On Monday, which was also La fête de la Pentecôte, we visited Saint-Emilion. For a renowned wine town and a UNESCO World Heritage site, there was surprisingly little to do. Anyway, my brain was able to absorb more French through osmosis during an one hour guided tour Eglise Monolithe de Saint-Emilion, the largest underground church in Europe and the highlight of my voyage. I might have missed 53% of the material, but hey, no pain no gain. I definitely learned a few words here and there about the “moine” and the “ermitage.”


After that, we had pasta and risotto at a local Italian restaurant: my first time eating out at a real diner in France. The waiter, after years of experience serving in a tourist-crawling town, had tried to guide us to a table and to take our orders in English. I was feeling slightly defeated that he wouldn’t speak French to us; not only is one of my SLA goals to be treated like a local, I was also wondering: do I really look that foreign?  My brief moment of inner chaos was interrupted by my Swiss friend, who, in being such a fighter she is, insists on responding in French at all odds. “How many?” “On est deux.” “Water?” “Oui, l’eau si vous plait.” “Tap water?” “Oui.”


Back at l’institut, learning continues. Varied exercises, from film discussion to charades, have been helpful in boosting my listening abilities. I have also reached a new low in my academic career after my first oral comprehension quiz. Not only is my class ethnically diverse, each student’s exposure to the language also spans across a wide spectrum. There is a mature lady who has learned French for five years, a post-graduate who has lived in France for three months and also other university students like myself. Between atrocious quiz results and constant corrections at my grammar and pronunciation, I’ve learned that each one of us acquires language at a difference pace, even in a different way. Some are naturally better at speaking but might lack vocabulary for writing, while others struggle at pronunciation but are able to read at a higher level. My personal priorities remain the same: to improve oral comprehension and production.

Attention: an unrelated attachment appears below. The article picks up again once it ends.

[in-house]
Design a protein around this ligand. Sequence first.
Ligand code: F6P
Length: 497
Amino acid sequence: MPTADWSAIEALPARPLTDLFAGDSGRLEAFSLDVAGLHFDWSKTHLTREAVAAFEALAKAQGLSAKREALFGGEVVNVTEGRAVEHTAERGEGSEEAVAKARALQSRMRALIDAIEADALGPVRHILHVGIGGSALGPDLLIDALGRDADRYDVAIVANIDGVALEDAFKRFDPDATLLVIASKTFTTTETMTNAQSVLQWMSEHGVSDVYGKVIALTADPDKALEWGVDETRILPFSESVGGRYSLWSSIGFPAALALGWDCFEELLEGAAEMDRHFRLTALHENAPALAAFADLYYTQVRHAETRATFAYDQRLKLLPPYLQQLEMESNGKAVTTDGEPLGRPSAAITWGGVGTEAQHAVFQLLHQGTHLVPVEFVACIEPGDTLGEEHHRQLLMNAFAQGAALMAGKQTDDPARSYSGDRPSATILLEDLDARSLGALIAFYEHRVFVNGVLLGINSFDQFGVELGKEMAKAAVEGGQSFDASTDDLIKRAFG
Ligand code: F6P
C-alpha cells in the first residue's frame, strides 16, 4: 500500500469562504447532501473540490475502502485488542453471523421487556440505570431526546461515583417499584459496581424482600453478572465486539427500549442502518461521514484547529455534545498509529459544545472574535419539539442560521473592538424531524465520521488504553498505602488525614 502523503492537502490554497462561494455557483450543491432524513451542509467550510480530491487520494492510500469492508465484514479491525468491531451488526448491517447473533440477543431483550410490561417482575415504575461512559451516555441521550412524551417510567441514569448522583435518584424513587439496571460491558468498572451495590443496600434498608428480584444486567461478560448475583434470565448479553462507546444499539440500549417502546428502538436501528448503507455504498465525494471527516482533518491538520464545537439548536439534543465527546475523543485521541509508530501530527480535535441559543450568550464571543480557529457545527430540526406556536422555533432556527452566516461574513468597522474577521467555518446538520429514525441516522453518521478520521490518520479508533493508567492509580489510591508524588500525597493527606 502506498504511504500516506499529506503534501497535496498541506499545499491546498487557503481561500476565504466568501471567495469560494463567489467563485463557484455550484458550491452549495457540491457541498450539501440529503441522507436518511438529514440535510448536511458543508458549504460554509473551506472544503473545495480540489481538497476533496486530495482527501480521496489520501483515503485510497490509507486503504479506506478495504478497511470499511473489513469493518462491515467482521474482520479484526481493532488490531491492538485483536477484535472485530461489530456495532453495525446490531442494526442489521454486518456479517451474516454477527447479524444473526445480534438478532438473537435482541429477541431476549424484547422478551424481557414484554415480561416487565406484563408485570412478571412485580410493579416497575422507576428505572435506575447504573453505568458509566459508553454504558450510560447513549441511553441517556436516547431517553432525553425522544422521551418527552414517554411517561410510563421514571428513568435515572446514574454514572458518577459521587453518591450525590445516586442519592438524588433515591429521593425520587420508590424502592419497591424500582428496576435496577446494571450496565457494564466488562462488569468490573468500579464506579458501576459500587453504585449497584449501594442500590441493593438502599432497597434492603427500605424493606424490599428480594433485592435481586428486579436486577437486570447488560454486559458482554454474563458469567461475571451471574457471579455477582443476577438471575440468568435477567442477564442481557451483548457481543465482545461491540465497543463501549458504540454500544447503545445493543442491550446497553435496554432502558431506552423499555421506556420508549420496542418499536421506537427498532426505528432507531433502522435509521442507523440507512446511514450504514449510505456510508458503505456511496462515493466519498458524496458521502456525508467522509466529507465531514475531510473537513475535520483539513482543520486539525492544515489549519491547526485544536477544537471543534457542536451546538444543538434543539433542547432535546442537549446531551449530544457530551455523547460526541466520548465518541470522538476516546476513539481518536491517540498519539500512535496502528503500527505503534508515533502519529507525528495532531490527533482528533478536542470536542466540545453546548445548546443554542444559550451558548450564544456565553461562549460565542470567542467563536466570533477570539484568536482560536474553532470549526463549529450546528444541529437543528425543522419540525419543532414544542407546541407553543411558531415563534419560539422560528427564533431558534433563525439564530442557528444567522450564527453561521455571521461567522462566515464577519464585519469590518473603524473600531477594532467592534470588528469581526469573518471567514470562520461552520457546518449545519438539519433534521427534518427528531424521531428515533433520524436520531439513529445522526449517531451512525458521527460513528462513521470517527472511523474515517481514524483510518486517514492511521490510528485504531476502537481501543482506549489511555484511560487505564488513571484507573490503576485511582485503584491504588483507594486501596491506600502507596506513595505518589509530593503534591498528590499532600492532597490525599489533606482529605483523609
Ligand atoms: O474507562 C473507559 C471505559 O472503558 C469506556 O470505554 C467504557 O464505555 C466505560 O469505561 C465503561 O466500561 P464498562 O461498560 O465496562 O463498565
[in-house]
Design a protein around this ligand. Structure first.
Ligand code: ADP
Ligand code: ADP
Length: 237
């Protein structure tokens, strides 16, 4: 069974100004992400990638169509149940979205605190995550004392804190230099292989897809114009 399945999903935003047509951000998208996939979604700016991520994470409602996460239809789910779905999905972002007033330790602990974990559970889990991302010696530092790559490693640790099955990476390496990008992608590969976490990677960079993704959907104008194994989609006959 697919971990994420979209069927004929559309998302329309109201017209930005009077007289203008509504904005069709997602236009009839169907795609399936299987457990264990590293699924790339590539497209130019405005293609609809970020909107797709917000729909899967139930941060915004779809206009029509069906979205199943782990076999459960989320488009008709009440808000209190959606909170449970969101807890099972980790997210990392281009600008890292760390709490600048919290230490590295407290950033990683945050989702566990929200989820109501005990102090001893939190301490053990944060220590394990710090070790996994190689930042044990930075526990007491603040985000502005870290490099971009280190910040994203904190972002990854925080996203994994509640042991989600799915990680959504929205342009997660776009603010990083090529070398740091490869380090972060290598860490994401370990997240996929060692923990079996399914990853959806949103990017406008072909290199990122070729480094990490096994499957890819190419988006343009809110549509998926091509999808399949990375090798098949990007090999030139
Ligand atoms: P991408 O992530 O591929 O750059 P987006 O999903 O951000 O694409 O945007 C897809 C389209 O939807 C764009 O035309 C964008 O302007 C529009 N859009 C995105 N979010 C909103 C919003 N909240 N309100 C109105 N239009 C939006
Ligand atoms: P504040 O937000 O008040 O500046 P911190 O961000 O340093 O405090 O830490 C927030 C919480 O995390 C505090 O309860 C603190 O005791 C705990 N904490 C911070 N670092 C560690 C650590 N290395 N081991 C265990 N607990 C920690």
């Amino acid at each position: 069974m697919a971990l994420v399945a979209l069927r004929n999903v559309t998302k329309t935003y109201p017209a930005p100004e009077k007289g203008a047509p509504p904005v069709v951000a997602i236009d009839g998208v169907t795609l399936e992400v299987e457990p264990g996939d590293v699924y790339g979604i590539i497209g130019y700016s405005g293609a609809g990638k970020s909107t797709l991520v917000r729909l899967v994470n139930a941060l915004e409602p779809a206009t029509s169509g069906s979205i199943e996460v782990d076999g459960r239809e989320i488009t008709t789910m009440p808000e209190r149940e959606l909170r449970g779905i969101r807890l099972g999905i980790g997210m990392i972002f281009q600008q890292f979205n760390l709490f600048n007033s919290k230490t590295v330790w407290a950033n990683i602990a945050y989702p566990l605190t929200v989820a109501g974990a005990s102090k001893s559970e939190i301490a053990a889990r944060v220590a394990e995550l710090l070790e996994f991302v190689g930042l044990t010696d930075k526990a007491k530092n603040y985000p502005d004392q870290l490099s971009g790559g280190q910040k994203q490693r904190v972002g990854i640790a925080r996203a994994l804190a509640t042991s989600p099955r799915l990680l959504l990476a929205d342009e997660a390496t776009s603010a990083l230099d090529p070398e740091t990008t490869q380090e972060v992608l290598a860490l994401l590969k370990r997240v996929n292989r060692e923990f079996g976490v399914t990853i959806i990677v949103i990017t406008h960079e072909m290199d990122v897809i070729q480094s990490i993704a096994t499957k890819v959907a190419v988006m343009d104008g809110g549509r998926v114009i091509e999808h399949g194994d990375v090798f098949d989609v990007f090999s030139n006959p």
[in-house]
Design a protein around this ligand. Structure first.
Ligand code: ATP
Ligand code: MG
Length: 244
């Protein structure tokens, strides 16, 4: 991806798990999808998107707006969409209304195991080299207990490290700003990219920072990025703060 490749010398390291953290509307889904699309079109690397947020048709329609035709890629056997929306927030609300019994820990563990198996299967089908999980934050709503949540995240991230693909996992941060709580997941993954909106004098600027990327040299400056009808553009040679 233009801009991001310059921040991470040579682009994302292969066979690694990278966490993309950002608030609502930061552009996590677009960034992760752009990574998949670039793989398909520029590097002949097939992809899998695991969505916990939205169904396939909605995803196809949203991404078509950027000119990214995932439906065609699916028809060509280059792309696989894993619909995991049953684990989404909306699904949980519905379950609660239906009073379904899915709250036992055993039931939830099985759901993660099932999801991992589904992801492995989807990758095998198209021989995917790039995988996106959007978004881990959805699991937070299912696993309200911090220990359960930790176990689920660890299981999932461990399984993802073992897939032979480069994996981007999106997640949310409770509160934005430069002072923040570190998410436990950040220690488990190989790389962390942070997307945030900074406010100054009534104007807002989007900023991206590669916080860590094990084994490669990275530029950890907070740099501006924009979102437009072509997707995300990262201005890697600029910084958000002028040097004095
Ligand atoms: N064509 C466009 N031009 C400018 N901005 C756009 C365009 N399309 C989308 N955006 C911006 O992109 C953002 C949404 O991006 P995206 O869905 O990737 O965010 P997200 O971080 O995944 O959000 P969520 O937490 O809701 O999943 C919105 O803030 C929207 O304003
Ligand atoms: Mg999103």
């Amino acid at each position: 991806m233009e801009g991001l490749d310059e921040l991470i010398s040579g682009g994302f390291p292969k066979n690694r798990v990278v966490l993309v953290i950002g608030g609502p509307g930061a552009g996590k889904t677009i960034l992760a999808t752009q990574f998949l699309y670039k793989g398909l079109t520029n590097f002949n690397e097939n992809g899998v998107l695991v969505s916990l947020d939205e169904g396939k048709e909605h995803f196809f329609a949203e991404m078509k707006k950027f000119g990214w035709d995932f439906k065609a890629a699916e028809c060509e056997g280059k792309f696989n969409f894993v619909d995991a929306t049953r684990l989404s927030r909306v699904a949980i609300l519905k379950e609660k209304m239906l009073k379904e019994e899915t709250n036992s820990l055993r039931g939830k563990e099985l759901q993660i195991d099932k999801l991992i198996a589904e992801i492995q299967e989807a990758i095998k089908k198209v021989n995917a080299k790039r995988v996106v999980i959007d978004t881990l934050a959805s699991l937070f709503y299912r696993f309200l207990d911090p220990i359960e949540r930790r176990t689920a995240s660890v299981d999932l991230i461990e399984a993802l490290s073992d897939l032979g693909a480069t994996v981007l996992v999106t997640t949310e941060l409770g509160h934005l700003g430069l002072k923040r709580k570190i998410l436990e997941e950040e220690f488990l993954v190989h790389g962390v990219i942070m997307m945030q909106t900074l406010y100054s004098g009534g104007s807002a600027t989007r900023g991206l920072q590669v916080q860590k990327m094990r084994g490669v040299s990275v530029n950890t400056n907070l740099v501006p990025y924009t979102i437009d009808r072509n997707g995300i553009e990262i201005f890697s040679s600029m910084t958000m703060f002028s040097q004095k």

As my second week is nearing the end, I’m also realizing how short six weeks will pass. Hence, I’m trying to make the most out of my stay and the resources readily available. After devouring the most liégeois vanille I can for lunch, I sometimes spend my afternoons in the library, reading different French dailies, magazines, and novels. My two go-to newspapers are Le Monde and La Croix. Listening to the French video, FranceInfo, also helps a lot with my listening as well as being informed of what’s going on.

A few things that I am learning not to question about France:

  1. How much time it takes to eat a restaurant ( about 49 minutes for the waiter to notice that you need the bill)
  2. Milk here does not need to be refrigerated (due to a different method of Pasteurization)
  3. Actually how little vegetables they eat (but still so slender)
  4. How small their cup of coffee (espresso) is


Ps. My stomach is also adjusting to the French meal timetable. I am now a lot more accustomed to a small breakfast, which is actually easy on my stomach, and a late, but worth-the-wait dinner. To counter the constant state of hunger, I take coffee and a small snack in the afternoon.

From South Bend to Tours: L’Apéritif

After 9 hours on the airplane and 8 hours of bus ride (in total), I finally arrived in Tours with two plastic adaptors, some fresh Euros, and a +33 number. My host mom picked me up from Gare de Tours and, while driving through the petit downtown, started speaking a language that seemed to loosely resemble ROFR 20200.